C. David Allis elected to the National Academy of Medicine
C. David Allis, whose pioneering research established that enzymes that modify histone proteins, which package DNA in the nucleus, regulate gene expression, has been elected to the National Academy of Medicine, the academy announced this morning. Membership in the academy is considered one of the highest honors in the fields of health and medicine and recognizes individuals who have demonstrated outstanding professional achievements and commitment to service. Allis is the Joy and Jack Fishman Professor and head of the Laboratory of Chromatin Biology and Epigenetics.
Allis studies chromatin, the complex of DNA wrapped around clusters of histone proteins to form nucleosomes. This packaging mechanism allows the two meters of DNA in every human cell to be efficiently stored in the nucleus, opening up when genes are called upon to be expressed. Histone modifications play key roles in facilitating or restricting access to specific genes by the proteins required for gene expression, promoting either gene activation or repression as needed.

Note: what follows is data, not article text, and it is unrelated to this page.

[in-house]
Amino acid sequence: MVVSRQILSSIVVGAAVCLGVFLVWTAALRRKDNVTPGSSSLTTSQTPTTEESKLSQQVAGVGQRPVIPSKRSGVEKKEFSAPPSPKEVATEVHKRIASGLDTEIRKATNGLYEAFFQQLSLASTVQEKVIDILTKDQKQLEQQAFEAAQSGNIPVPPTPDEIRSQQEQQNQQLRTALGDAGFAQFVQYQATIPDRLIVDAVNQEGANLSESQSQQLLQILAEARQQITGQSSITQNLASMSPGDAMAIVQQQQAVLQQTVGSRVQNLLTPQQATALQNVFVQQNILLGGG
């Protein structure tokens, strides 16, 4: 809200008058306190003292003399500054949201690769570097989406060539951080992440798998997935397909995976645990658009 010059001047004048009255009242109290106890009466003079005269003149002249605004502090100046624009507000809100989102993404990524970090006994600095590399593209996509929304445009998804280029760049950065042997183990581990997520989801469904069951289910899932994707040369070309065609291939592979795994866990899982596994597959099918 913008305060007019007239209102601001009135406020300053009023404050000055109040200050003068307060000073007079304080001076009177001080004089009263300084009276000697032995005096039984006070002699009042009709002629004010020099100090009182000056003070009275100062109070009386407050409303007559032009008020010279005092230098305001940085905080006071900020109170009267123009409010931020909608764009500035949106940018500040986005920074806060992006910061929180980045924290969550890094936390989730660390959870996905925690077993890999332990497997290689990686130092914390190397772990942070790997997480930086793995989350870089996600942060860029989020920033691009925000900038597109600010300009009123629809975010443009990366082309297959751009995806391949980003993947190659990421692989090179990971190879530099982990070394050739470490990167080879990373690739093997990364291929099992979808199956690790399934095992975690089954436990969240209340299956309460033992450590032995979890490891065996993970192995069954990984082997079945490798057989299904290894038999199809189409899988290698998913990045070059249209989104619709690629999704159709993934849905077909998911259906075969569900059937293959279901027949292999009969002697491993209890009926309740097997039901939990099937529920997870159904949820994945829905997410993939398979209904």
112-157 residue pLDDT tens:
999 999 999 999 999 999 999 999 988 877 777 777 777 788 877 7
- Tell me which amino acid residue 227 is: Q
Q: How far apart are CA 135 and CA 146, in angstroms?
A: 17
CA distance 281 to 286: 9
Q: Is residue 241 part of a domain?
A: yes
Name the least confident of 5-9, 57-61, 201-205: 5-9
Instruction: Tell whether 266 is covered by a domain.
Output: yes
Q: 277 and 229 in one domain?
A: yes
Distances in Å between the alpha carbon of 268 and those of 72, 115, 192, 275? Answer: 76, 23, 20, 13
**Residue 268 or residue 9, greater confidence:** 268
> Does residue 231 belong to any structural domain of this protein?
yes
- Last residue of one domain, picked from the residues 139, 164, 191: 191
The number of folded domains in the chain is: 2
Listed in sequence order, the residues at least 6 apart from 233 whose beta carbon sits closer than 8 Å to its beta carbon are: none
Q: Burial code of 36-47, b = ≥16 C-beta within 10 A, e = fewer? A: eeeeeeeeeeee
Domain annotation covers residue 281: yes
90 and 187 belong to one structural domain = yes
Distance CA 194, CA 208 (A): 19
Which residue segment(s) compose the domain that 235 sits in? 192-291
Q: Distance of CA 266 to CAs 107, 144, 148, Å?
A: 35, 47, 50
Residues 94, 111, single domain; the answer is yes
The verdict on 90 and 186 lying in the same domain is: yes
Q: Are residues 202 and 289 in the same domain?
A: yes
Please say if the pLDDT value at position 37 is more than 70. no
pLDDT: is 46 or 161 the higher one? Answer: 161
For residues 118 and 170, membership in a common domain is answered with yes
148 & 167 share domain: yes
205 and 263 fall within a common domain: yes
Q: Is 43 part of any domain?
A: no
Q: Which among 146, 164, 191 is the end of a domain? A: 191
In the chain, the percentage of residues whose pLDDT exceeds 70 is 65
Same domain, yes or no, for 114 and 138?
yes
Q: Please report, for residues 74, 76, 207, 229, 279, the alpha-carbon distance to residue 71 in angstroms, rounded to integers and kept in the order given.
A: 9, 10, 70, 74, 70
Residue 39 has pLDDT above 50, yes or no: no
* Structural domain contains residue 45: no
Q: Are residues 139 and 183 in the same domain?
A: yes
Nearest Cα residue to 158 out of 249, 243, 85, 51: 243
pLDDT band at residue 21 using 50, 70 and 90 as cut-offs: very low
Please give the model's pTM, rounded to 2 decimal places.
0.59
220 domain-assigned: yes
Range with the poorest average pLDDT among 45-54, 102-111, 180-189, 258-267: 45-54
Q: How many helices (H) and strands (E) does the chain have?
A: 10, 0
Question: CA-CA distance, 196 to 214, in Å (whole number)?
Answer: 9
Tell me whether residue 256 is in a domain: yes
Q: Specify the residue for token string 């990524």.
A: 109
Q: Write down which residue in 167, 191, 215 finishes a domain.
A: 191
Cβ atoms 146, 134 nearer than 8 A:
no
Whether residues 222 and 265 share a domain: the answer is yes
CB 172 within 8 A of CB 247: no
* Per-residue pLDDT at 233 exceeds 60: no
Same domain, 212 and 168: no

“Allis’s work has revealed a fundamentally new layer of complexity to the regulation of gene expression in eukaryotes, and it is becoming clear that mutations in the genes that direct the production, removal, or reading of histone modifications are major drivers of diverse human diseases,” says Richard P. Lifton, the university’s president.
Recent work in Allis’s lab has focused on epigenetic causes of a diseases and has helped illuminate the cellular processes that drive several types of cancer. He has worked together with clinicians to inform the development of new therapies. Unlike conventional cancer therapies that simply kill tumors, epigenetic treatments aim to correct the conduct of cancer cells by turning off genes that encourage destructive behavior.
“These newly elected members represent the most exceptional scholars and leaders whose remarkable work has advanced science, medicine, and health in the U.S. and around the globe,” says Victor J. Dzau, National Academy of Medicine president. “Their expertise will be vital to addressing today’s most pressing health and scientific challenges and informing the future of health and medicine for the benefit of us all. I am honored to welcome these esteemed individuals to the National Academy of Medicine.”
Allis is one of 100 new members elected to the Academy today. With Allis’ election, Rockefeller has 17 members of the National Academy of Medicine among its faculty.